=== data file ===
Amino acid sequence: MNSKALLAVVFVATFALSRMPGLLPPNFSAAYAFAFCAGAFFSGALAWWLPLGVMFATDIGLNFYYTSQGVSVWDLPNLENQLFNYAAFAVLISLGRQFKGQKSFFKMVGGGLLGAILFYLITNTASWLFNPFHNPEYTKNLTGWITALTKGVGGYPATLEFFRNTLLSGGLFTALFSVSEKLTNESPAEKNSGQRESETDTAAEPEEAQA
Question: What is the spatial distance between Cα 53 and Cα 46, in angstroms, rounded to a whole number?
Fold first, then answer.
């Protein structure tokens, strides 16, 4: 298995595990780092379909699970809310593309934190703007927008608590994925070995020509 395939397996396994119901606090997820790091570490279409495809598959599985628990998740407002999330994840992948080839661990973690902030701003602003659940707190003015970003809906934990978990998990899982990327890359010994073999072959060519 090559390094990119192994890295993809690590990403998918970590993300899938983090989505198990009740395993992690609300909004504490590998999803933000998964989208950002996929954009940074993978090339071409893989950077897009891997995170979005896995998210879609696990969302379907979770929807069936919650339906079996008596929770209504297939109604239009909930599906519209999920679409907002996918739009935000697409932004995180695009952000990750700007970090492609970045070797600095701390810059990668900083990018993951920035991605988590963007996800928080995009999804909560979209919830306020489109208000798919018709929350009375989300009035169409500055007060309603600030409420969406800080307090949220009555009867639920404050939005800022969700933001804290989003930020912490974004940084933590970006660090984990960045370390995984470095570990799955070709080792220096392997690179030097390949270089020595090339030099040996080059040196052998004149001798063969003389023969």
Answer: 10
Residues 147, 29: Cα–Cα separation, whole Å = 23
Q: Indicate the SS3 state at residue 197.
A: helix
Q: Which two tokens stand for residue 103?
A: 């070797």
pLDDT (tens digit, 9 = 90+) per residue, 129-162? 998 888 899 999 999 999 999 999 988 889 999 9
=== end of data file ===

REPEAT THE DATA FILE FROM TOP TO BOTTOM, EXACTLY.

Amino acid sequence: MNSKALLAVVFVATFALSRMPGLLPPNFSAAYAFAFCAGAFFSGALAWWLPLGVMFATDIGLNFYYTSQGVSVWDLPNLENQLFNYAAFAVLISLGRQFKGQKSFFKMVGGGLLGAILFYLITNTASWLFNPFHNPEYTKNLTGWITALTKGVGGYPATLEFFRNTLLSGGLFTALFSVSEKLTNESPAEKNSGQRESETDTAAEPEEAQA
Question: What is the spatial distance between Cα 53 and Cα 46, in angstroms, rounded to a whole number?
Fold first, then answer.
């Protein structure tokens, strides 16, 4: 298995595990780092379909699970809310593309934190703007927008608590994925070995020509 395939397996396994119901606090997820790091570490279409495809598959599985628990998740407002999330994840992948080839661990973690902030701003602003659940707190003015970003809906934990978990998990899982990327890359010994073999072959060519 090559390094990119192994890295993809690590990403998918970590993300899938983090989505198990009740395993992690609300909004504490590998999803933000998964989208950002996929954009940074993978090339071409893989950077897009891997995170979005896995998210879609696990969302379907979770929807069936919650339906079996008596929770209504297939109604239009909930599906519209999920679409907002996918739009935000697409932004995180695009952000990750700007970090492609970045070797600095701390810059990668900083990018993951920035991605988590963007996800928080995009999804909560979209919830306020489109208000798919018709929350009375989300009035169409500055007060309603600030409420969406800080307090949220009555009867639920404050939005800022969700933001804290989003930020912490974004940084933590970006660090984990960045370390995984470095570990799955070709080792220096392997690179030097390949270089020595090339030099040996080059040196052998004149001798063969003389023969």
Answer: 10
Residues 147, 29: Cα–Cα separation, whole Å = 23
Q: Indicate the SS3 state at residue 197.
A: helix
Q: Which two tokens stand for residue 103?
A: 């070797």
pLDDT (tens digit, 9 = 90+) per residue, 129-162? 998 888 899 999 999 999 999 999 988 889 999 9